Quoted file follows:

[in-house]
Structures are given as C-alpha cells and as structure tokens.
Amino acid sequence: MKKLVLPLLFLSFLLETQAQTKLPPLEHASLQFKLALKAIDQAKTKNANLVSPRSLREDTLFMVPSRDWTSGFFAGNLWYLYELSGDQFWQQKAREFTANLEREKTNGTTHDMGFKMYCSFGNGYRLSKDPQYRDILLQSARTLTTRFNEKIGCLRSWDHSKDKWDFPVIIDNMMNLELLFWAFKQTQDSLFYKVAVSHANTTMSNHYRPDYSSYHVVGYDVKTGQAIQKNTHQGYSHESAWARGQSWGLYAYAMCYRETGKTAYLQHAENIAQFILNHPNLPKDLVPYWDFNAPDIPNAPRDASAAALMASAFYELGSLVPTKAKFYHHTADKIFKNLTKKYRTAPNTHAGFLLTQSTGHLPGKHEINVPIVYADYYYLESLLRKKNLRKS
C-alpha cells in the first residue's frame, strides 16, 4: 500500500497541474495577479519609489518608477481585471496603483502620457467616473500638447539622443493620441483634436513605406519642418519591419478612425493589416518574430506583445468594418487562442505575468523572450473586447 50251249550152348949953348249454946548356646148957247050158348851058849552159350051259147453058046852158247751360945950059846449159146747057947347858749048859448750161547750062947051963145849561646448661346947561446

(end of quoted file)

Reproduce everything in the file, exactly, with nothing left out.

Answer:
[in-house]
Structures are given as C-alpha cells and as structure tokens.
Amino acid sequence: MKKLVLPLLFLSFLLETQAQTKLPPLEHASLQFKLALKAIDQAKTKNANLVSPRSLREDTLFMVPSRDWTSGFFAGNLWYLYELSGDQFWQQKAREFTANLEREKTNGTTHDMGFKMYCSFGNGYRLSKDPQYRDILLQSARTLTTRFNEKIGCLRSWDHSKDKWDFPVIIDNMMNLELLFWAFKQTQDSLFYKVAVSHANTTMSNHYRPDYSSYHVVGYDVKTGQAIQKNTHQGYSHESAWARGQSWGLYAYAMCYRETGKTAYLQHAENIAQFILNHPNLPKDLVPYWDFNAPDIPNAPRDASAAALMASAFYELGSLVPTKAKFYHHTADKIFKNLTKKYRTAPNTHAGFLLTQSTGHLPGKHEINVPIVYADYYYLESLLRKKNLRKS
C-alpha cells in the first residue's frame, strides 16, 4: 500500500497541474495577479519609489518608477481585471496603483502620457467616473500638447539622443493620441483634436513605406519642418519591419478612425493589416518574430506583445468594418487562442505575468523572450473586447 50251249550152348949953348249454946548356646148957247050158348851058849552159350051259147453058046852158247751360945950059846449159146747057947347858749048859448750161547750062947051963145849561646448661346947561446